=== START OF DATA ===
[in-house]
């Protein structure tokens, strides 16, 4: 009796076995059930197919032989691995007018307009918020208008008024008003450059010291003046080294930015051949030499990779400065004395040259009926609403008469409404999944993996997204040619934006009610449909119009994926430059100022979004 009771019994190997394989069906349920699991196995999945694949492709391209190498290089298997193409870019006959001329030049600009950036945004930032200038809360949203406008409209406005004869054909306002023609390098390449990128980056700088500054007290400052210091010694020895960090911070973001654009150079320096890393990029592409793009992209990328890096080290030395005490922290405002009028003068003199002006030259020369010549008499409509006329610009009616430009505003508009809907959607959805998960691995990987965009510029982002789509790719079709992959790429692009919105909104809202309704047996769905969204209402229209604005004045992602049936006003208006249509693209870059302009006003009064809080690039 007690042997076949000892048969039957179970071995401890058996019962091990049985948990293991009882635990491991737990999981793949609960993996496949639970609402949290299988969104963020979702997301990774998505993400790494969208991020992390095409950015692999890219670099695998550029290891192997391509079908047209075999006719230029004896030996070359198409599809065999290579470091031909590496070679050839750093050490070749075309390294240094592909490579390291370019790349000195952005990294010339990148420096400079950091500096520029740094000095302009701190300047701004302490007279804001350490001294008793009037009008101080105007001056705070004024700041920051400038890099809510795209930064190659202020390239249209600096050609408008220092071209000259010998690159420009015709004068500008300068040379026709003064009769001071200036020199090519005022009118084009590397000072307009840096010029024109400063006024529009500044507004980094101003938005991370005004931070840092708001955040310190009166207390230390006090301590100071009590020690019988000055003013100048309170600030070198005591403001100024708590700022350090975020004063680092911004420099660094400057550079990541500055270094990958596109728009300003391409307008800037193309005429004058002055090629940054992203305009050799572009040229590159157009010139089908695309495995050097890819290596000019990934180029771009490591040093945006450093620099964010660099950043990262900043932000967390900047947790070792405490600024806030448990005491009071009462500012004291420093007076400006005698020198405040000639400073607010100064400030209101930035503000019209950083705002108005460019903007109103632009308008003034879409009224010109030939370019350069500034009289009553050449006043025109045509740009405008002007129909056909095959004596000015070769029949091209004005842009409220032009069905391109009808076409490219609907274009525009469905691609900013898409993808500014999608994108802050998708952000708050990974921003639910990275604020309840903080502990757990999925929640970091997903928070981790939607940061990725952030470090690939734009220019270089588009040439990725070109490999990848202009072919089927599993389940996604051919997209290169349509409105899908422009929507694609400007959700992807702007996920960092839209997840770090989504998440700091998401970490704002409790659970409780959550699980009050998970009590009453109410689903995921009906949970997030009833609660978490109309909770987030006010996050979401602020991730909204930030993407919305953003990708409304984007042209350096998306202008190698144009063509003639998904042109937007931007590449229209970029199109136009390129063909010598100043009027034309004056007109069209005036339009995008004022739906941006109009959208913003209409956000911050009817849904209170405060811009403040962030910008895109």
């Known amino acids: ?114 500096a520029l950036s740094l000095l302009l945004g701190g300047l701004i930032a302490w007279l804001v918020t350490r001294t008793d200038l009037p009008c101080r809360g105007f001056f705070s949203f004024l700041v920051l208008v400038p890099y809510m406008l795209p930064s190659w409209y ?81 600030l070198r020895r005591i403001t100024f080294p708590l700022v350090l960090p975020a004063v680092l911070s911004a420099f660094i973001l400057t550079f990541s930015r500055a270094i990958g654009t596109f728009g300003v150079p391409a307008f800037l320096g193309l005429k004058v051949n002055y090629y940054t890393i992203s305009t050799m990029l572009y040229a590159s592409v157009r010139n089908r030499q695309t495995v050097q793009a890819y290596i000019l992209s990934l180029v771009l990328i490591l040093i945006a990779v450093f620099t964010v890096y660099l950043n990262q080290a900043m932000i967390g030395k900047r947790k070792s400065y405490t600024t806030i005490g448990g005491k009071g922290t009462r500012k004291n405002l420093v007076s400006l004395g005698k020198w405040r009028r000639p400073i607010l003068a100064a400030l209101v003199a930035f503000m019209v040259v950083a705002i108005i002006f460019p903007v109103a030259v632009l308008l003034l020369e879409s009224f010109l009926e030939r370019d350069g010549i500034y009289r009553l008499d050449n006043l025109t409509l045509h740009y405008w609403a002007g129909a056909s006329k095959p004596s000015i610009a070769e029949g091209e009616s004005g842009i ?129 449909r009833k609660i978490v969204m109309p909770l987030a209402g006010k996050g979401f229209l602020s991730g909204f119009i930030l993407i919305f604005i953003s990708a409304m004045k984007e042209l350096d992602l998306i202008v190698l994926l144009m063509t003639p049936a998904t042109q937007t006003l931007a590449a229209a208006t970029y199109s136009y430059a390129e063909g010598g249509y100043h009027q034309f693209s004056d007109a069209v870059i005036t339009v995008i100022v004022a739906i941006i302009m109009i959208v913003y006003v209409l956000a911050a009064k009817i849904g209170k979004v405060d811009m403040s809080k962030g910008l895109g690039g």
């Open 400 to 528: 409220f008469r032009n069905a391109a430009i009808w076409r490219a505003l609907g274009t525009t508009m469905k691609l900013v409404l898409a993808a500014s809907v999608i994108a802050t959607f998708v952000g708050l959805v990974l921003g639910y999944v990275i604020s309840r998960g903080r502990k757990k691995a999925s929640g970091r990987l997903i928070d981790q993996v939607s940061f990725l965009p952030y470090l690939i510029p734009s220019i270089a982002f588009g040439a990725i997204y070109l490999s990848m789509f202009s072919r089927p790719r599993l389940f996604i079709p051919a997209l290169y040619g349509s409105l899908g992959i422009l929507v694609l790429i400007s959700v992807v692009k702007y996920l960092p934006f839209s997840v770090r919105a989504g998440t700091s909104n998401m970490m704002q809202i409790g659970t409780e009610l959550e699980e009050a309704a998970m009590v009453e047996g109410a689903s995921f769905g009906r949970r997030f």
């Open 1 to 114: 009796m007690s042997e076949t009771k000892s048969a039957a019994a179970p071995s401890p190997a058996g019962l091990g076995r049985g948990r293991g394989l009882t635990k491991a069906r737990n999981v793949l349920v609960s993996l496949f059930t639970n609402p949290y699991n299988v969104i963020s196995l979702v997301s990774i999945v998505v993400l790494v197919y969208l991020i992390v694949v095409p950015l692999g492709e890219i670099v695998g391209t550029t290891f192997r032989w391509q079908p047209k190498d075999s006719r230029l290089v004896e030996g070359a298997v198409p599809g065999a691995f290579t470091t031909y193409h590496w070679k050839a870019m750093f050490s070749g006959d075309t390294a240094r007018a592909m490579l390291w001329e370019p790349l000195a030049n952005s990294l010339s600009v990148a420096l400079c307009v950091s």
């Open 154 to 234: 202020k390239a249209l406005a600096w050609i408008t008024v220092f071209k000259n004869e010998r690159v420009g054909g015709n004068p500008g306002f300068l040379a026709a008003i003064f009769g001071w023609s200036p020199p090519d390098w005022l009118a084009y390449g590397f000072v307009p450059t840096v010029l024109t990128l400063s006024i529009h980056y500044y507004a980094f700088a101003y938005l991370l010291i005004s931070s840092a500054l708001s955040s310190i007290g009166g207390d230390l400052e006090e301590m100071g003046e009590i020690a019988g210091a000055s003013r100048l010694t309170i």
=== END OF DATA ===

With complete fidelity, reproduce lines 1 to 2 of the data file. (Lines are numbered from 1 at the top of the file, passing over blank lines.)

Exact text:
[in-house]
């Protein structure tokens, strides 16, 4: 009796076995059930197919032989691995007018307009918020208008008024008003450059010291003046080294930015051949030499990779400065004395040259009926609403008469409404999944993996997204040619934006009610449909119009994926430059100022979004 009771019994190997394989069906349920699991196995999945694949492709391209190498290089298997193409870019006959001329030049600009950036945004930032200038809360949203406008409209406005004869054909306002023609390098390449990128980056700088500054007290400052210091010694020895960090911070973001654009150079320096890393990029592409793009992209990328890096080290030395005490922290405002009028003068003199002006030259020369010549008499409509006329610009009616430009505003508009809907959607959805998960691995990987965009510029982002789509790719079709992959790429692009919105909104809202309704047996769905969204209402229209604005004045992602049936006003208006249509693209870059302009006003009064809080690039 007690042997076949000892048969039957179970071995401890058996019962091990049985948990293991009882635990491991737990999981793949609960993996496949639970609402949290299988969104963020979702997301990774998505993400790494969208991020992390095409950015692999890219670099695998550029290891192997391509079908047209075999006719230029004896030996070359198409599809065999290579470091031909590496070679050839750093050490070749075309390294240094592909490579390291370019790349000195952005990294010339990148420096400079950091500096520029740094000095302009701190300047701004302490007279804001350490001294008793009037009008101080105007001056705070004024700041920051400038890099809510795209930064190659202020390239249209600096050609408008220092071209000259010998690159420009015709004068500008300068040379026709003064009769001071200036020199090519005022009118084009590397000072307009840096010029024109400063006024529009500044507004980094101003938005991370005004931070840092708001955040310190009166207390230390006090301590100071009590020690019988000055003013100048309170600030070198005591403001100024708590700022350090975020004063680092911004420099660094400057550079990541500055270094990958596109728009300003391409307008800037193309005429004058002055090629940054992203305009050799572009040229590159157009010139089908695309495995050097890819290596000019990934180029771009490591040093945006450093620099964010660099950043990262900043932000967390900047947790070792405490600024806030448990005491009071009462500012004291420093007076400006005698020198405040000639400073607010100064400030209101930035503000019209950083705002108005460019903007109103632009308008003034879409009224010109030939370019350069500034009289009553050449006043025109045509740009405008002007129909056909095959004596000015070769029949091209004005842009409220032009069905391109009808076409490219609907274009525009469905691609900013898409993808500014999608994108802050998708952000708050990974921003639910990275604020309840903080502990757990999925929640970091997903928070981790939607940061990725952030470090690939734009220019270089588009040439990725070109490999990848202009072919089927599993389940996604051919997209290169349509409105899908422009929507694609400007959700992807702007996920960092839209997840770090989504998440700091998401970490704002409790659970409780959550699980009050998970009590009453109410689903995921009906949970997030009833609660978490109309909770987030006010996050979401602020991730909204930030993407919305953003990708409304984007042209350096998306202008190698144009063509003639998904042109937007931007590449229209970029199109136009390129063909010598100043009027034309004056007109069209005036339009995008004022739906941006109009959208913003209409956000911050009817849904209170405060811009403040962030910008895109």